This is where corneal cross-linking (CXL) comes in. CXL involves the application of riboflavin (vitamin B2) to the cornea under UV illumination. This causes a photochemical reaction that cross-links the collagen of the stroma, thereby strengthening it. CXL has been used in the past to prevent LASIK-induced ectasia (“LASIK Xtra”), the extent to which it can compensate for the corneal weakening of the cornea is still unknown.
Against this background, the ELZA Institute’s Dr. Sabine Kling and Prof. Dr. Dr. Farhad Hafezi teamed up with SMILE pioneer, Prof. Dr. Dr. Walter Sekundo and his colleague Dr. Bogdan Spiru from the Philipps University of Marburg in Marburg, Germany, to understand what amount of corneal weakening is induced by these differing SMILE re-treatment options (1) – and to investigate the potential that CXL has to help restore the original corneal stress resistance.
To do so, they used pig eyes – 96 of them. The initial SMILE refractive correction was -11 diopters (D), with an enhancement (second procedure) of -3 D, for a total correction of 14 D. This might seem like a lot, but pig eyes have thicker corneas than human eyes, so 14 D in pigs is about the equivalent of 10 D in humans. Six experimental groups were created:
- Control corneas (no refractive intervention)
- Control corneas + CXL (9 mW/cm², 10 minutes)
- SMILE -11 D + PRK -3 D
- SMILE -14 D*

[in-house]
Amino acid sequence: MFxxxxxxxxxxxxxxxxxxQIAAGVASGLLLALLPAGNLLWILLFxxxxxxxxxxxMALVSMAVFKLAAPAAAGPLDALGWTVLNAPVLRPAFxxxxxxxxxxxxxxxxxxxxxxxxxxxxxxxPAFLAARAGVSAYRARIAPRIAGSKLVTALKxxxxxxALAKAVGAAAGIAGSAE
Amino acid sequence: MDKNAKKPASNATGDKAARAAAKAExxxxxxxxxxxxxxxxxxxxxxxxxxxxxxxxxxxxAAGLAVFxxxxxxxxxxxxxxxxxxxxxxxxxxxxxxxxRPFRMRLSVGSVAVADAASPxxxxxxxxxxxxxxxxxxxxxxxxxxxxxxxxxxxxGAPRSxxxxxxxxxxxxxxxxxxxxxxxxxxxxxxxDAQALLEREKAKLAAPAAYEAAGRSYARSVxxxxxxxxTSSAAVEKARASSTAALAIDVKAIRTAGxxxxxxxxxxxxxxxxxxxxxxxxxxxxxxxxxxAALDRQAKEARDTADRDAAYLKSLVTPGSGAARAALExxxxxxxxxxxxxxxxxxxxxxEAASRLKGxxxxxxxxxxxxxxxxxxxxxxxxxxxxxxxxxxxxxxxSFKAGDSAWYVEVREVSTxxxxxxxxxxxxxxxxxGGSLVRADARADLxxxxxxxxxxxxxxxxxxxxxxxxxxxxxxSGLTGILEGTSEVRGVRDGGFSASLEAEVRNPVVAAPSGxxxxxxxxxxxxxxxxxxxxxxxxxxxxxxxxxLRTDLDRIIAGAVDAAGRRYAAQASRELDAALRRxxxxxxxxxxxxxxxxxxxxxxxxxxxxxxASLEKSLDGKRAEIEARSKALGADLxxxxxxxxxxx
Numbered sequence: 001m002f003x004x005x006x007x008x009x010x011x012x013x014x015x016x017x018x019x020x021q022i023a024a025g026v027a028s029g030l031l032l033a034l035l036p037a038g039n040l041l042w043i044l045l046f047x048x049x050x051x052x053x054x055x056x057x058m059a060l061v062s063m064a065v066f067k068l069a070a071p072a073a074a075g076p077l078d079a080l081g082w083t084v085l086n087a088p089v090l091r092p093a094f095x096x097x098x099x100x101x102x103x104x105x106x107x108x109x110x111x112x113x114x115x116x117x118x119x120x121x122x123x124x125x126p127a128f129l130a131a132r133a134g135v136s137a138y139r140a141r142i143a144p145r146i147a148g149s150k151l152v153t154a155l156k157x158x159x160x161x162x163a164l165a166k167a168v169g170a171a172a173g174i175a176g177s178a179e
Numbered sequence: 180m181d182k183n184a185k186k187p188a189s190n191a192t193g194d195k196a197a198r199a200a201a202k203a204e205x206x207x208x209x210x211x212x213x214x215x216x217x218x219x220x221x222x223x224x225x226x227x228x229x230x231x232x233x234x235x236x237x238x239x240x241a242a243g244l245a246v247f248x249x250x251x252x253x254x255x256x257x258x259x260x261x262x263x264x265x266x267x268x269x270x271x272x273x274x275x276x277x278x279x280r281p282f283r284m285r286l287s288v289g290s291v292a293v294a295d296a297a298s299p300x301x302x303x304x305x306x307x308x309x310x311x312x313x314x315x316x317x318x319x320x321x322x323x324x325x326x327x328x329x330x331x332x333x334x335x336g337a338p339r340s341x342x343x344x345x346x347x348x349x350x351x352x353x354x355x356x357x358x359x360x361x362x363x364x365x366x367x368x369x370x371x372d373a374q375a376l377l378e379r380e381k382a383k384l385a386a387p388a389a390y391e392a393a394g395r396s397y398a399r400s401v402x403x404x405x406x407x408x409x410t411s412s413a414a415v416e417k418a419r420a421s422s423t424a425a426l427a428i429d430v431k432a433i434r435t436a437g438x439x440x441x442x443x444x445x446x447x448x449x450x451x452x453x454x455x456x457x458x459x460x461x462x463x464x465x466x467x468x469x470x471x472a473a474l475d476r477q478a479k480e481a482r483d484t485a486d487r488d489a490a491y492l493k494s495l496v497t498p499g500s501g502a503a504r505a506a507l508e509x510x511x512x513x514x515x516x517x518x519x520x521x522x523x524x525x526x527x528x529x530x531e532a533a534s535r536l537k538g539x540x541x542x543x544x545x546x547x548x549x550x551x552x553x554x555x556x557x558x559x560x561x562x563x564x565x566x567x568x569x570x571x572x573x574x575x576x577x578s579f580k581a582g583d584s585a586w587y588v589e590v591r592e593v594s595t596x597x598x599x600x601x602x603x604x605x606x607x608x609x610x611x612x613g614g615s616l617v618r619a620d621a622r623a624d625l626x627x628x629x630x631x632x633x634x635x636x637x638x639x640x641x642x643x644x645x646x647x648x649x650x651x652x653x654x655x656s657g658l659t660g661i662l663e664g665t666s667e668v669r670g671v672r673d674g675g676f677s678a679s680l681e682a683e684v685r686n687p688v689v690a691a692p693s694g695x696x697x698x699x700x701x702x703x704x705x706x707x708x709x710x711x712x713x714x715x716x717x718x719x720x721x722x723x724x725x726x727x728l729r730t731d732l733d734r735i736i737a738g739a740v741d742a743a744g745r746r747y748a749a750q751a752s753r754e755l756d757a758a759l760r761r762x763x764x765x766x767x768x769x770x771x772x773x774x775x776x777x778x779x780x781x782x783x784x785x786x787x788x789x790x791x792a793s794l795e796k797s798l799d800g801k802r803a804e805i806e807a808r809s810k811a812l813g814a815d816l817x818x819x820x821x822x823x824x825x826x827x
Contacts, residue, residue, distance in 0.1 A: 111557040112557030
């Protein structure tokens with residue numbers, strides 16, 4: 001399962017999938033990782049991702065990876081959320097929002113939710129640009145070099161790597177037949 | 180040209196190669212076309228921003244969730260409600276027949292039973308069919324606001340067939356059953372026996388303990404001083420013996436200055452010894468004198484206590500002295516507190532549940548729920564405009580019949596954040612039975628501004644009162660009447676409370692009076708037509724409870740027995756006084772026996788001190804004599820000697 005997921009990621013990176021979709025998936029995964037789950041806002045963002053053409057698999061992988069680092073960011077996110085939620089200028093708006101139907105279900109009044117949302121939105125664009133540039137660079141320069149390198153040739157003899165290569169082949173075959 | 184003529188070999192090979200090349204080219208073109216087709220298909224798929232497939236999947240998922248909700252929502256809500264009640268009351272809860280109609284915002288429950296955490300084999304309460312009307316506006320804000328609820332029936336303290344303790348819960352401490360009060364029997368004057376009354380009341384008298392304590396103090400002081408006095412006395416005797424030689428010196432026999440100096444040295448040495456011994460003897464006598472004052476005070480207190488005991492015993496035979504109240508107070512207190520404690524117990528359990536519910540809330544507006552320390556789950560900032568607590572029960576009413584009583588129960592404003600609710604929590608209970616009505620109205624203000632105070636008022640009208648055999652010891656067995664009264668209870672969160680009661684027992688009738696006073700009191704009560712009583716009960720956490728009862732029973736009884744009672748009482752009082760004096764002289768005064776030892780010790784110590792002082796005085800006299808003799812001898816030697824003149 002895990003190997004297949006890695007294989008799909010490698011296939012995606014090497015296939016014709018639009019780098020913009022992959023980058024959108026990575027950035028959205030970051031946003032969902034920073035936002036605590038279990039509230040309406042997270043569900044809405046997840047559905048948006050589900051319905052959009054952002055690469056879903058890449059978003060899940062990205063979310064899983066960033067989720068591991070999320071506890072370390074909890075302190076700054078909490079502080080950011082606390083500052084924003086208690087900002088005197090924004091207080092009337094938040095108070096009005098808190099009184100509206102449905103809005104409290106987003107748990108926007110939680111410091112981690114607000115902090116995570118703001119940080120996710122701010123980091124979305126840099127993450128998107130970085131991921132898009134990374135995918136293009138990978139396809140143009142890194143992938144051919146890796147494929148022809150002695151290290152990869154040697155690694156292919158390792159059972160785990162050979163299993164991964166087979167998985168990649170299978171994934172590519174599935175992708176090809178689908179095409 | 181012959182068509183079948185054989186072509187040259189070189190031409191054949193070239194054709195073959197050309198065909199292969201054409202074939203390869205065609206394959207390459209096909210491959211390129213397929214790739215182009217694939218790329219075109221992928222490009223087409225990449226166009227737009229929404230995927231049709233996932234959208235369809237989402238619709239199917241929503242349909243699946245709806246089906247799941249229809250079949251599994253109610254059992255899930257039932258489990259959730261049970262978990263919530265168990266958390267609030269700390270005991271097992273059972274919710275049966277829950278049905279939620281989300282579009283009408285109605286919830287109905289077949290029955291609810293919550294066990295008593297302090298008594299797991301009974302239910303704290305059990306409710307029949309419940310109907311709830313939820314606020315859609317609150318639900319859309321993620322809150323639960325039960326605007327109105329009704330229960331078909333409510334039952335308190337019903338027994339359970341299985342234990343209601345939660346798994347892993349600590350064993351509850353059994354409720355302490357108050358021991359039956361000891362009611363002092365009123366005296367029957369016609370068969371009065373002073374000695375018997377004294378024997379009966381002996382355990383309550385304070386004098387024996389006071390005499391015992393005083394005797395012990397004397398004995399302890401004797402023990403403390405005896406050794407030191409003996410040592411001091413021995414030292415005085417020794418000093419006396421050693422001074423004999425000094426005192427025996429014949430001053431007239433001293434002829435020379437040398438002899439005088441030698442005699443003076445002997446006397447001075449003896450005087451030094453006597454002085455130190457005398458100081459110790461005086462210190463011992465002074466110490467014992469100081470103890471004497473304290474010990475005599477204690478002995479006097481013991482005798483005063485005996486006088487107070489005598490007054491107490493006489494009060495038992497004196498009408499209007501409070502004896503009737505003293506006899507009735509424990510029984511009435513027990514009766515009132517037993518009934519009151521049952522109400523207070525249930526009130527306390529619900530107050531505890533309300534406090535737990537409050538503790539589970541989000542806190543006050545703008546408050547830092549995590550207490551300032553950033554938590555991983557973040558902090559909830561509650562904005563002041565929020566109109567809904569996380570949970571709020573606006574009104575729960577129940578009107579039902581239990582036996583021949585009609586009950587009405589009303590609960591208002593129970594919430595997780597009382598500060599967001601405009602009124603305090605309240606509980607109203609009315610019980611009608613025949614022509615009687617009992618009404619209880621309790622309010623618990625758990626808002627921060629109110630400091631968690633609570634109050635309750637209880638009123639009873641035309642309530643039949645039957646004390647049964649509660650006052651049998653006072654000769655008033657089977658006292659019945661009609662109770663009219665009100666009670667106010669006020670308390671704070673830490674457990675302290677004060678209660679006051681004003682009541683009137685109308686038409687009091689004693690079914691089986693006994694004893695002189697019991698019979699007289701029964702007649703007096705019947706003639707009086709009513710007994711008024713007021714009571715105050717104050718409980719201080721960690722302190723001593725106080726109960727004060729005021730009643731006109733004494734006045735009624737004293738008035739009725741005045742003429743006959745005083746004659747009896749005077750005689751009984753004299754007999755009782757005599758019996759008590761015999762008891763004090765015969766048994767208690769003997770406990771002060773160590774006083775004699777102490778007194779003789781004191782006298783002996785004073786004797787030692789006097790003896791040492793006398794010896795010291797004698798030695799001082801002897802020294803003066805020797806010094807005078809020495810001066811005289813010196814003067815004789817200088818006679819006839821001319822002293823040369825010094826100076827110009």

- FLEX -14 D* (Cap-and-flap)
- FLEX -14D* + CXL.
*As the researchers were interested only in the biomechanical impact of the surgery, and not the intricacies of the surgery, they made -14 D SMILE lenticules in one step, rather than two for the SMILE and FLEX groups.
The equipment used to assess the corneal buttons‘ biomechanical strength.
After the refractive and cross-linking procedures were performed, circular sections of the cornea called corneal “buttons” (that contained the region of laser ablation and crosslinking at the centre) were removed, and underwent some stretch-strain measurements to assess the elastic modulus of the cornea – in essence, the cornea’s ability to resist biomechanical stress after surgery. So what did the researchers find?
Compared with the control corneas (no laser ablation, no CXL):
- Re-SMILE and PRK enhancements have had little effect on the elastic modulus
- LASIK enhancement – cap and flap – produced the weakest cornea
- CXL treatment significantly increased the elastic modulus
In general, refractive surgery decreased the overall elastic modulus by 7%, whereas CXL increased it by 20%. The authors wrote, “Our experiments suggest that from a biomechanical point of view, LASIK enhancement is not recommended after SMILE.”
So what have we learned? When it comes to retreatments to patients who have undergone SMILE, Re-SMILE and PRK enhancements affect corneal biomechanical integrity less than LASIK – but that the extent of corneal weakening thanks to laser refractive surgery is small, relative to the stiffening effect of CXL. However, the authors did strike one note of caution: CXL flattens the cornea by about 1 D – and in a fairly unpredictable manner too. This first study of its kind answered only basic questions on corneal biomechanical strength before and after refractive surgery and CXL – understanding the refractive and practical surgical aspects of these techniques will require more research.
Did the researchers use living pigs for their experiments?
No. All pig eyes used in this study were obtained from local slaughterhouses.
1. Kling S, Spiru B, Hafezi F, Sekundo W. Biomechanical Weakening of Different Re-treatment Options After Small Incision Lenticule Extraction (SMILE). J Refract Surg. 2017;33(3):193-8. PMID: 28264134.